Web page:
Junior hockey team visits Pimicikamak with messages of hope for youth

A northern Manitoba Junior Hockey League team is in Pimicikamak sharing messages of hope during their state of emergency. The Opaskwayak Cree Nation Blizzard wants to help youth in the nearby community through their suicide crisis. The issue hits home for two players on the team.

The crisis hits home for two brothers on the team because they grew up in Pimicikamak

Brothers Brady and Anthony Keeper are feeling heartbroken because of the suicide crisis that is happening in their home community of Pimicikamak. They are hoping to share positive stories of hope to help kids on Wednesday. (Jason Smith )

The Opaskwayak Cree Nation Blizzard have been battling to stay in the Manitoba Junior Hockey League playoffs but off ice they've been battling heartbreak for a nearby community amid a suicide crisis.

The team is headed to the Cree community of Pimicikamak Wednesday morning, hoping to boost the spirits of youth.

"It's something we need to do, there's 11 players on the team who are aboriginal kids, they know what it's like," said head coach and manager Jason Smith.

Since December, six young people have died by suicide in Pimicikamak — also known as Cross Lake. At least 100 students remain on a suicide watch list, according to the band office.

The hockey team is expected to have a community luncheon when it arrives, after that players are planning to speak with youth at the school.

A team practice will also be held to give youth a chance to see the work the players put in each day. Afterward, the public is invited to skate with the team, take pictures and hang out.

Head coach Jason Smith (middle) says taking his team to Pimicikamak to share messages of hope during their community's suicide crisis is just something he needed to do. Especially since two of his players are from the Cree community, including Brady Keeper (far left). (Jason Smith)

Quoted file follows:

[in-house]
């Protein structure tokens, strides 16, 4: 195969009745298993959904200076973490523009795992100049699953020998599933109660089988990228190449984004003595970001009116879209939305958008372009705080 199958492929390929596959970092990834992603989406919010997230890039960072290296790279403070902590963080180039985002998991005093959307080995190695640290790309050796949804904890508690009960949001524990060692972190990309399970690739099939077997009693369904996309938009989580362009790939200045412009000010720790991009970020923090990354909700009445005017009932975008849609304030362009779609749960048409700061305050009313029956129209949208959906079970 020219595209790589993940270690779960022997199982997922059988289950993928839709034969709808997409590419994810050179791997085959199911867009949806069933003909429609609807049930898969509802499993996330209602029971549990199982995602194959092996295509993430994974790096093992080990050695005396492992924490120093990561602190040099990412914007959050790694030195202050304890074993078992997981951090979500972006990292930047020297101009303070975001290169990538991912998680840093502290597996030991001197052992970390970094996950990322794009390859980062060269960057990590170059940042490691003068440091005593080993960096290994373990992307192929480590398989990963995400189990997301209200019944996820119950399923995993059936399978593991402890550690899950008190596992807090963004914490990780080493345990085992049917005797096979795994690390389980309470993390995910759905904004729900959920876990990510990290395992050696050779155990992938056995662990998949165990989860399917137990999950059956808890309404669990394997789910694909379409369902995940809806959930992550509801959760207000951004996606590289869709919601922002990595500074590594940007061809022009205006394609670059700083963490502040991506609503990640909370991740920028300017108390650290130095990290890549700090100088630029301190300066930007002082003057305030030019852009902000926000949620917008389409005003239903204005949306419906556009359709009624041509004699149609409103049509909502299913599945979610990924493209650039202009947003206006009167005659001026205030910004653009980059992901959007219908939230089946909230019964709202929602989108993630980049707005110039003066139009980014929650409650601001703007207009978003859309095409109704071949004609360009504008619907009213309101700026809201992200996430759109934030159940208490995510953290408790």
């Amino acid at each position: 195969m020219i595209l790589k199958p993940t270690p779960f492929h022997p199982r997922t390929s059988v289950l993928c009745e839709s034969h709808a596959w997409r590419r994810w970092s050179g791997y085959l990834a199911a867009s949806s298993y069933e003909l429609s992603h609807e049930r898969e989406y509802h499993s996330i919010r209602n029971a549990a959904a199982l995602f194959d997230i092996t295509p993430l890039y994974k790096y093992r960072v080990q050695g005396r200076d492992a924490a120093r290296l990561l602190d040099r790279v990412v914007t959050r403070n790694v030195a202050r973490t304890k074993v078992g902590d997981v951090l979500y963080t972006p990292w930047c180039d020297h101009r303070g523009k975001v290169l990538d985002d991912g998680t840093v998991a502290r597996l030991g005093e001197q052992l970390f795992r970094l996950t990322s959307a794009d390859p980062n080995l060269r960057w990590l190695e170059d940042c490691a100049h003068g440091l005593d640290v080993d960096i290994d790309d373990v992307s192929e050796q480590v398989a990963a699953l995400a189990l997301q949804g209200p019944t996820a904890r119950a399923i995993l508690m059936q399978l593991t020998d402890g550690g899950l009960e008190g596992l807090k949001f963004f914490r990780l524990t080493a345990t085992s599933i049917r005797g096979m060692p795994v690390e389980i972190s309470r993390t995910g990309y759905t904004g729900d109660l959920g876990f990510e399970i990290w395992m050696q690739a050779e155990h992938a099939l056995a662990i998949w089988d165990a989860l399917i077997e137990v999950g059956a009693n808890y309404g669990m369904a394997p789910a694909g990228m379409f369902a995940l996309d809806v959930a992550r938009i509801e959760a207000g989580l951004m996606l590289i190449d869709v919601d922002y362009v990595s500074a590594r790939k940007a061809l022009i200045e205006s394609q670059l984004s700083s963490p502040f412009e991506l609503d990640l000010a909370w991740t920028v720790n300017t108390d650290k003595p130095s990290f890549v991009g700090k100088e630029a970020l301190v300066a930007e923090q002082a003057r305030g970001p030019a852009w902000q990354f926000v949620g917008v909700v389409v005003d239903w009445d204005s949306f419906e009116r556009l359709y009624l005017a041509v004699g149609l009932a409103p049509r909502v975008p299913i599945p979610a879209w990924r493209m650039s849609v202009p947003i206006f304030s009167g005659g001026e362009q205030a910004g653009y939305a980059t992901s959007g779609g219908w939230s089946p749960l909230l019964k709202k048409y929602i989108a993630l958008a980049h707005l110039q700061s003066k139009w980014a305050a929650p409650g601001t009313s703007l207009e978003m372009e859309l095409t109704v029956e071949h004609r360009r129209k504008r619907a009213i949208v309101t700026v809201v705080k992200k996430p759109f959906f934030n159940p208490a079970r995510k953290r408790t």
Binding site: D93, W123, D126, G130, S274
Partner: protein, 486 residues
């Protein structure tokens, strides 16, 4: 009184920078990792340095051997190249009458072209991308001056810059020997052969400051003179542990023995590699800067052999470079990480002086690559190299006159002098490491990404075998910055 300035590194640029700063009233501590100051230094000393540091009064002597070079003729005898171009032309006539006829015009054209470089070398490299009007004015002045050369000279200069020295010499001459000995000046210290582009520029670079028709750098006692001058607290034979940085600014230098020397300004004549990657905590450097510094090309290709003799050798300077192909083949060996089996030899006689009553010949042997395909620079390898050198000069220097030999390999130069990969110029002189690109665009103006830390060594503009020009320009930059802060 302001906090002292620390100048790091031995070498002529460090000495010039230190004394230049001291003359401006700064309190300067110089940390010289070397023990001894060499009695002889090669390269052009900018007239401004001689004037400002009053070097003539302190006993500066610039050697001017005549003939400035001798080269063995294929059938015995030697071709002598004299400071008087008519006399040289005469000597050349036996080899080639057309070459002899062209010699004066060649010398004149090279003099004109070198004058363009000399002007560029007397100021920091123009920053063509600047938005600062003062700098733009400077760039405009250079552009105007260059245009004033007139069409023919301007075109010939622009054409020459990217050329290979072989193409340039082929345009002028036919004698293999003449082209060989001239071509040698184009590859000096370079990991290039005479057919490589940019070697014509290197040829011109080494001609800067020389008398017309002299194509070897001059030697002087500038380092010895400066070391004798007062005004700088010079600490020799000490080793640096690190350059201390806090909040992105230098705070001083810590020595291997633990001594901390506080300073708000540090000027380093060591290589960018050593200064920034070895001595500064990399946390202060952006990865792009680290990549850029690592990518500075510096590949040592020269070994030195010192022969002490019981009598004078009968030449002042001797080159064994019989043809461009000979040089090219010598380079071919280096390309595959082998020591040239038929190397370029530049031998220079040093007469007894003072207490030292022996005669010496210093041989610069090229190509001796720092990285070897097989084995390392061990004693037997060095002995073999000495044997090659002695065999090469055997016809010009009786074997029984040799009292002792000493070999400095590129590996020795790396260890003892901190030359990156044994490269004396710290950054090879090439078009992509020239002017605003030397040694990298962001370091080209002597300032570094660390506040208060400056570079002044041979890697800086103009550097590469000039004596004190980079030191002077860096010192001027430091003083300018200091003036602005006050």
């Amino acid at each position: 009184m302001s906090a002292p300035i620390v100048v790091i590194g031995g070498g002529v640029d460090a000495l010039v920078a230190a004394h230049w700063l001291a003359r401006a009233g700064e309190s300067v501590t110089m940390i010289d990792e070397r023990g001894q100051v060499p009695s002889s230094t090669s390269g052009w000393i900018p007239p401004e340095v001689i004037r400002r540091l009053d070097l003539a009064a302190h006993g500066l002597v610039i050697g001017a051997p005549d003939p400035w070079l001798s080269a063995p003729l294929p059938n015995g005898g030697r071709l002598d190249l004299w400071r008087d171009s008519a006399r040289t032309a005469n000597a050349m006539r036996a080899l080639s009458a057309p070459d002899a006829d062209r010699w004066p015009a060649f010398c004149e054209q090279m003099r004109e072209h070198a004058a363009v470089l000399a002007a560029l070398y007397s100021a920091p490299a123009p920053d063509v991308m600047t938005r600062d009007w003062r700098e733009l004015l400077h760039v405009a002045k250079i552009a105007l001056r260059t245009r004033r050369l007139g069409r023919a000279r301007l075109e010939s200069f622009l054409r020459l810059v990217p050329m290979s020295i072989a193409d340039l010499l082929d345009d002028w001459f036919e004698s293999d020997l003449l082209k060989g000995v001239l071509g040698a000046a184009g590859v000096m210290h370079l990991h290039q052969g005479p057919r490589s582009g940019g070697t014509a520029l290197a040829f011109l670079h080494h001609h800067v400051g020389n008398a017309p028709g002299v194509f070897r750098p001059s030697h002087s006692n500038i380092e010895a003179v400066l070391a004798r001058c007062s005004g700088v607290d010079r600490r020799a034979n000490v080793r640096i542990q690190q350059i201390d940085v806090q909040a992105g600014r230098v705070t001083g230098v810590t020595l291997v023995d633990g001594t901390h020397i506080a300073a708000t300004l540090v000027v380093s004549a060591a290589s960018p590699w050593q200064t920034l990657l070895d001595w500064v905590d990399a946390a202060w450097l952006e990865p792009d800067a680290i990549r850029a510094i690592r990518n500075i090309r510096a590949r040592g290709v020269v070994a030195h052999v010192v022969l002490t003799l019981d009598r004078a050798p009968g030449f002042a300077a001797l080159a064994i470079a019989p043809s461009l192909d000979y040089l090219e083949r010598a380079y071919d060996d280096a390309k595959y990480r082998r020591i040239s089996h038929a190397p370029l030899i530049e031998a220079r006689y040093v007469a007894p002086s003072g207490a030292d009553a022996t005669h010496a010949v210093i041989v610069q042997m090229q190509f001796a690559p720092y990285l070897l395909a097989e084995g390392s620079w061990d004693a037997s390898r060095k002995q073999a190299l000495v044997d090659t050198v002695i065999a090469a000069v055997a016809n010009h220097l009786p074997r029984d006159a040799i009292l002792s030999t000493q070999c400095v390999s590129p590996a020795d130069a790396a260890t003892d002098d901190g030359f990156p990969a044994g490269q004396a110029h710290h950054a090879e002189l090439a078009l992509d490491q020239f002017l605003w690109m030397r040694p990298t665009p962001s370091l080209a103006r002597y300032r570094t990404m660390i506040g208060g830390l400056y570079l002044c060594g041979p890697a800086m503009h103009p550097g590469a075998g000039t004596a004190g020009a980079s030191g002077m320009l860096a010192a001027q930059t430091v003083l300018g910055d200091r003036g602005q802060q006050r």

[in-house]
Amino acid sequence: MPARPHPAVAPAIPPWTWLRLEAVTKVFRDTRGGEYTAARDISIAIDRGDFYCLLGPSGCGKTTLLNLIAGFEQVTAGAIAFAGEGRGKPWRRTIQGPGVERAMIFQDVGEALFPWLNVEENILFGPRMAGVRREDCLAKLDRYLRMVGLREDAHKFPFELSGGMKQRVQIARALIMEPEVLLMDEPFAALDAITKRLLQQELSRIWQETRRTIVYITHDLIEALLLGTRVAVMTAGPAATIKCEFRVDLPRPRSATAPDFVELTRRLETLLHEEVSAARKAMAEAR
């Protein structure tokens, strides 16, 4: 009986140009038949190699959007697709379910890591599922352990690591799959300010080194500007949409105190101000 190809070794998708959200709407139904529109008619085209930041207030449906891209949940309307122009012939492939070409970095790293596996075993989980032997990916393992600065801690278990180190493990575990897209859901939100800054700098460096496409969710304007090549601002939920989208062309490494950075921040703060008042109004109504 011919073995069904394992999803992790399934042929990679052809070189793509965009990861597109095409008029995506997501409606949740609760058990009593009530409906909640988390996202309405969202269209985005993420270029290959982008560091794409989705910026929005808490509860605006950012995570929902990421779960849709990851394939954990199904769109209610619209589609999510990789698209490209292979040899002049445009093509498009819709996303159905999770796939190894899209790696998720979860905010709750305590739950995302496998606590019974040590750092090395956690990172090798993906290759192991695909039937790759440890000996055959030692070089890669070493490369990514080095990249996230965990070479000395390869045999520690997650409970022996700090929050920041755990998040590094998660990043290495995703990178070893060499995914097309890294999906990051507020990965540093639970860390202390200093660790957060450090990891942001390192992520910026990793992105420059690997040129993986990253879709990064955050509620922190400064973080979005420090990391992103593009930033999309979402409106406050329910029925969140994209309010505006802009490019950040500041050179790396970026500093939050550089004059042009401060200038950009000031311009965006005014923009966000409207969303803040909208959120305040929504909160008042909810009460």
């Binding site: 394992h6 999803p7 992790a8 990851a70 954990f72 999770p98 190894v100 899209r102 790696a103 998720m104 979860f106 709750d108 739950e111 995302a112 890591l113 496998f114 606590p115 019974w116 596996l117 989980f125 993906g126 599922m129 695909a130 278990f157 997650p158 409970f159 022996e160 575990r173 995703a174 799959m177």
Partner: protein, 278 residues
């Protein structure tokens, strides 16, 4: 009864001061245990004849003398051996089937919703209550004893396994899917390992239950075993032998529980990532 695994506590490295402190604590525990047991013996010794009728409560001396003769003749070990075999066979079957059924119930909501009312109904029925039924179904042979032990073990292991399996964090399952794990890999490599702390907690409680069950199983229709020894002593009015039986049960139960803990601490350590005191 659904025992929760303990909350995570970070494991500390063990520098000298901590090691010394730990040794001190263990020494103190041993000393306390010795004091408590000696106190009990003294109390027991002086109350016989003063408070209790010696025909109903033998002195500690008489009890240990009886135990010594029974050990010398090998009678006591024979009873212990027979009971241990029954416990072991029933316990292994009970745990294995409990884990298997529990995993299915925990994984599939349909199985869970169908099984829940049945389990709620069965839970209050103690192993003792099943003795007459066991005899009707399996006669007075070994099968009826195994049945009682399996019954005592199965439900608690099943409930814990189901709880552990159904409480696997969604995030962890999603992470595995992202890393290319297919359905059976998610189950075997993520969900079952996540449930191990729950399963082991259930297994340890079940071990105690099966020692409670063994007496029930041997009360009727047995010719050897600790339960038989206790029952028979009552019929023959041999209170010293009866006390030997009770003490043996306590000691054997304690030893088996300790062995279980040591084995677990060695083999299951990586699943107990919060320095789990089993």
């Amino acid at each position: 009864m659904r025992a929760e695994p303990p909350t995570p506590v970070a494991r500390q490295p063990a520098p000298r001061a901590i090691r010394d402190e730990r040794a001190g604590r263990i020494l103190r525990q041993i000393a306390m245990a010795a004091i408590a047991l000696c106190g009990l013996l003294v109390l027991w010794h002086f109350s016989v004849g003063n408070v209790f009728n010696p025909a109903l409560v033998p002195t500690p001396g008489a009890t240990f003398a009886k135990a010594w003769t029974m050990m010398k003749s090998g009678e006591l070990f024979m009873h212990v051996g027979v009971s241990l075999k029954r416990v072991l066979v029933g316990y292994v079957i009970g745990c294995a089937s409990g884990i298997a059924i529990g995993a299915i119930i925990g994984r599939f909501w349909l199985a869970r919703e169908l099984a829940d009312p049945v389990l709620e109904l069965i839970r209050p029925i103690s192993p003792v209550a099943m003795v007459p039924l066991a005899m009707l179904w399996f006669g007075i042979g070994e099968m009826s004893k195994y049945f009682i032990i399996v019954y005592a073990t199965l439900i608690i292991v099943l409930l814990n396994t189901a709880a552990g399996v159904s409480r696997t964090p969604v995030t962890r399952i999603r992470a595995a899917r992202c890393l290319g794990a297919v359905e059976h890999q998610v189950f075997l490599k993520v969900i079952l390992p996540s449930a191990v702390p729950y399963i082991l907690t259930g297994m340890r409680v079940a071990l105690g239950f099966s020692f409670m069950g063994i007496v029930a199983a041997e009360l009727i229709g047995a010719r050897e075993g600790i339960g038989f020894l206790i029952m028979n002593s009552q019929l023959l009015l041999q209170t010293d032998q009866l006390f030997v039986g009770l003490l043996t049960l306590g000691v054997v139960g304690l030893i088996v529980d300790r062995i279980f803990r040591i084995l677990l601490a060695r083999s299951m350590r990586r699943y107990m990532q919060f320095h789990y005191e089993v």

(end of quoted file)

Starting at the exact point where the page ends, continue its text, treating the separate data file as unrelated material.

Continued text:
Two of the team members are from Cross Lake, brothers Brady Keeper, 19, and Anthony Keeper, 18.

"It's pretty hard to see what's going on over there. It hurts us personally too, what's going on because we are from there and we know everybody in the community," Brady said.

The Keeper brothers say they grew up with supportive parents. They recall their father flooding the backyard to make a rink.

"It was good for us that our dad kept us busy all through the winter and [even] the summer time," Brady said.

Meanwhile Anthony acknowledges the hardships that came with growing up in a remote community. At the same time, he wants those still living in Pimicikamak to address what he feels is the elephant in the room.


"Drugs and alcohol are one of the biggest impacts there so we need more stuff to do there," Anthony said.

He says dealing with the impact of someone taking their own life is hard to handle.

Anthony said he hopes talking about negative habits might lead to positive outcomes.

There is no school in the world that can give you experience like a life experience can. So I think it's important that the youth see this,- Jason Smith, OCN Blizzard Head Coach and Manager 

"I just want the community to be back to the way it was when we were younger," Anthony said.

A vision his own coach strongly believes in.

"There is no school in the world that can give you experience like a life experience can. So I think it's important that the youth see this," Smith said.

Smith said you can achieve this success by teaching youth their life experiences are important and valued.

"Whether or not it's just going on a camping trip or going hunting, stuff like that. [It's about] being outdoors and being around family and having fun," Smith said.

"It doesn't necessarily mean you have to leave the reserve and go to the city because some people aren't comfortable doing that and that's totally fine. Just don't get stuck in [a] rut and just doing the same thing every day."

An honest message the Keeper brothers hope to spread when they head home. 

"[We've] just got to be positive when we go there and try have fun with the kids. I guess try help them forget about what's going on there and bring the happiness back into the community," Brady said. 

If you or anyone you know is experiencing suicidal thoughts, these resources are available:​


Tiar Wilson was raised in Opaskwayak Cree Nation, Manitoba. She's reported for APTN National News, CBC Winnipeg, and CBC North. Tiar is also involved with CBC's database of missing and murdered indigenous women and girls and continues to share the stories of these women, their families and communities. She's currently reporting for CBC Aboriginal. @yourpaltiar.